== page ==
General Session Award Presentation
Thursday, April 21, 2016
8:00 am-10:00 am
Indiana Convention Center
FIRE ENGINEERING/ISFSI GEORGE D. POST INSTRUCTOR OF THE YEAR AWARD: PETER VAN DORPE
Peter Van Dorpe is the recipient of the 2016 Fire Engineering/ISFSI George D. Post Instructor of the Year Award. He is chief of the Algonquin-Lake in the Hills (IL) Fire Protection District.
He recently retired as director of the Chicago (IL) Fire Department’s Training Division after a 33-year career there. He has a bachelor’s degree in fire science management from Southern Illinois University. He has made presentations on modern fireground challenges at FDIC and the National Fire Academy. In 2012, he delivered the General Session Keynote at FDIC and addressed the U.S. Senate Appropriations Subcommittee on the “Effectiveness of Furniture Flammability Standards and Flame Retardant Chemicals.”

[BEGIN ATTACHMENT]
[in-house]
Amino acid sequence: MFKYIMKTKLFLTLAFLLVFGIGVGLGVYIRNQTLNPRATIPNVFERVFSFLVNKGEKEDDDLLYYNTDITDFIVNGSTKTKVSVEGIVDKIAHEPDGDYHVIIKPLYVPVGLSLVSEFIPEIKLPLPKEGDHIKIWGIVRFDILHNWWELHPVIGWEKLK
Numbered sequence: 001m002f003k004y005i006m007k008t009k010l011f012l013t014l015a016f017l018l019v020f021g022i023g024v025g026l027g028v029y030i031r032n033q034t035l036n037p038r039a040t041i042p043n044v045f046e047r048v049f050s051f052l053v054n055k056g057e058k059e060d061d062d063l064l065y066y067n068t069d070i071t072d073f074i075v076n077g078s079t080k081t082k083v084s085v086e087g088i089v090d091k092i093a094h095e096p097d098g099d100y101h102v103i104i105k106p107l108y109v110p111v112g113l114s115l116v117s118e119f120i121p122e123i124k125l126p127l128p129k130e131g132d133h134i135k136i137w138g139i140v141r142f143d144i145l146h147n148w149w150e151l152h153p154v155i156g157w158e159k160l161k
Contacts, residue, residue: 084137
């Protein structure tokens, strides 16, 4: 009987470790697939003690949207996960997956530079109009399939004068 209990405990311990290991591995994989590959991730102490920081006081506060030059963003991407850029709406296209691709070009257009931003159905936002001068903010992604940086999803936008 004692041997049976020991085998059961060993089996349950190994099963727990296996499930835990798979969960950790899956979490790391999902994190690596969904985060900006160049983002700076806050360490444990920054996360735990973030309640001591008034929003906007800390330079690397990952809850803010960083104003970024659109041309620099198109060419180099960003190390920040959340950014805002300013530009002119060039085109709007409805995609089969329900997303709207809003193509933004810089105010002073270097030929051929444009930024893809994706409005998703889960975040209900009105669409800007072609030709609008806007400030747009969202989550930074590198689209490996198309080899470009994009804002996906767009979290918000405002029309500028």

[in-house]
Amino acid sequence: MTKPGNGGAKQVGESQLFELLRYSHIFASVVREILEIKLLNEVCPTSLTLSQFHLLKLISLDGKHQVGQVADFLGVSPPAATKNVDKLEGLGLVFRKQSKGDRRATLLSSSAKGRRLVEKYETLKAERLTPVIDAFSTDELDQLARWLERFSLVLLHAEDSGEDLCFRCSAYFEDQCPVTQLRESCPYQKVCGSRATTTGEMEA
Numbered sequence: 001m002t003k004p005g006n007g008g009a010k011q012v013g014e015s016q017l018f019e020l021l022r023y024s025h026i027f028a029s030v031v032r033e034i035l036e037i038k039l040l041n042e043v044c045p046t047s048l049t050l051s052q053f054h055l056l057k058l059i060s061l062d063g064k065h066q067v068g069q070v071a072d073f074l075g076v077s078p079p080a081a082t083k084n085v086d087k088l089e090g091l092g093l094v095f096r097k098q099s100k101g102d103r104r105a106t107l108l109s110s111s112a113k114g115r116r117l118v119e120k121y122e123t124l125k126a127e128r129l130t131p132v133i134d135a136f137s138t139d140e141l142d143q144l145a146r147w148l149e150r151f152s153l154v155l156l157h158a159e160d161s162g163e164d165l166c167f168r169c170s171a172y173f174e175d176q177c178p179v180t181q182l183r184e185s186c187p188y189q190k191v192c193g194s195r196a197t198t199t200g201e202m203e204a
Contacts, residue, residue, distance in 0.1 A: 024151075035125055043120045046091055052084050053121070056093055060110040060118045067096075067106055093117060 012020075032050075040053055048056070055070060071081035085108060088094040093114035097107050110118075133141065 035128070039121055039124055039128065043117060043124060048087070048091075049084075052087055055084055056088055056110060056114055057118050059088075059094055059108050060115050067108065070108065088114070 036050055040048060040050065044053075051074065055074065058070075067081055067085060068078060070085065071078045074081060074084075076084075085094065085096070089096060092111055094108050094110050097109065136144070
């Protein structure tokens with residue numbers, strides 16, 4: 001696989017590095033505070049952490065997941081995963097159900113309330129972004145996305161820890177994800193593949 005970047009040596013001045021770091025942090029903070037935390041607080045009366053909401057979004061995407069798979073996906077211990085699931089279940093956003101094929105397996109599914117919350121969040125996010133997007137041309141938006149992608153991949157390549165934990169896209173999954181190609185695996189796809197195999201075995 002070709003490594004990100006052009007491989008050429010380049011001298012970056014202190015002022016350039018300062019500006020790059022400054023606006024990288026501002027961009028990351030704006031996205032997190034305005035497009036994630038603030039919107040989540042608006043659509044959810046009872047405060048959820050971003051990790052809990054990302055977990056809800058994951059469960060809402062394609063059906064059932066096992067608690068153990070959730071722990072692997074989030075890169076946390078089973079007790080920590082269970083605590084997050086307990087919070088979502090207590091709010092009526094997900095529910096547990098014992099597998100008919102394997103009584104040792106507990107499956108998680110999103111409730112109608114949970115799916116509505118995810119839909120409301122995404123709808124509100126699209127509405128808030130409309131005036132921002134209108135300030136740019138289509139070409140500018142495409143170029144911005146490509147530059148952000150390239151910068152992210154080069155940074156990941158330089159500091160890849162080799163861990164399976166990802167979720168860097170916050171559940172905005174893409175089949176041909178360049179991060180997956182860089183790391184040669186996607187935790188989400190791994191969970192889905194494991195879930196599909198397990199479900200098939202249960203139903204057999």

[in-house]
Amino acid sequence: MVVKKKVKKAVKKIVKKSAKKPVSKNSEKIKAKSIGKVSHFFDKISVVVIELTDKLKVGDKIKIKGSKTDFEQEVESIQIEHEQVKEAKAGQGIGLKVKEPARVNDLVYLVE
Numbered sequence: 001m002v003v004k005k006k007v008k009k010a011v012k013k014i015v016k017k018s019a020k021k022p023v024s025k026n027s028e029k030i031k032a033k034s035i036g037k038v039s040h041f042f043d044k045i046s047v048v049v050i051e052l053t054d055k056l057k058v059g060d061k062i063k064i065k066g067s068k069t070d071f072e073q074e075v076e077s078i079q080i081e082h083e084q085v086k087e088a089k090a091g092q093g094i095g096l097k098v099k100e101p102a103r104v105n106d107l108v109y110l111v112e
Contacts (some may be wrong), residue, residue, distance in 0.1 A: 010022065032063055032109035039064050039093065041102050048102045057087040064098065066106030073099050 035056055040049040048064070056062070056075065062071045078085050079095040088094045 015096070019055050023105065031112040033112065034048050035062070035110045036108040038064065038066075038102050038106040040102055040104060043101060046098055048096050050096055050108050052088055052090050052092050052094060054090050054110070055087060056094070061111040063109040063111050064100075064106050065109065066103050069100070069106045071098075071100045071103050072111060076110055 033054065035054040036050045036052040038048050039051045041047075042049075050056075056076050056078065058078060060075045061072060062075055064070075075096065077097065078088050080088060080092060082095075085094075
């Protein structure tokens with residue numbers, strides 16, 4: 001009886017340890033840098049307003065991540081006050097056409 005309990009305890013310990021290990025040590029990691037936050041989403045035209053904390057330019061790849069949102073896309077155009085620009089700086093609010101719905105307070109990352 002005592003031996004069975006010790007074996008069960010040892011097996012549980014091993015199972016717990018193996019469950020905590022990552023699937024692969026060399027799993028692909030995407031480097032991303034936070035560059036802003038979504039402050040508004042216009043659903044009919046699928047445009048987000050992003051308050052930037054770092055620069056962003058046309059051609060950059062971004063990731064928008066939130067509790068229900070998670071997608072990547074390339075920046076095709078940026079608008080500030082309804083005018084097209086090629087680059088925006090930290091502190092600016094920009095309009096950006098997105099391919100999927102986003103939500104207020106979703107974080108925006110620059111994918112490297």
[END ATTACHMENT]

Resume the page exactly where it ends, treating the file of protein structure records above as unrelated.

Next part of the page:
In addition to his work as a field instructor for the Illinois Fire Service Institute, he has been a lead instructor for the Chicago Fire Department’s Fire Officer School and has taught building construction for the fire service through the City Colleges of Chicago. He is a member of the Advisory Board for Underwriters Laboratories (UL) Firefighter Safety Research Institute.
He has recently participated as a subject matter expert for UL’s research on “Structural Stability of Engineered Lumber In Fire Conditions,” the National Institute of Standards and Technology’s “Evaluating Firefighting Tactics Under Wind Driven Conditions,” the IAFF/NIST “Firefighter Safety and Deployment Study” in high-rise buildings, and the NIOSH investigation into the line-of-duty deaths of two Boston firefighters that occurred on March 26, 2014.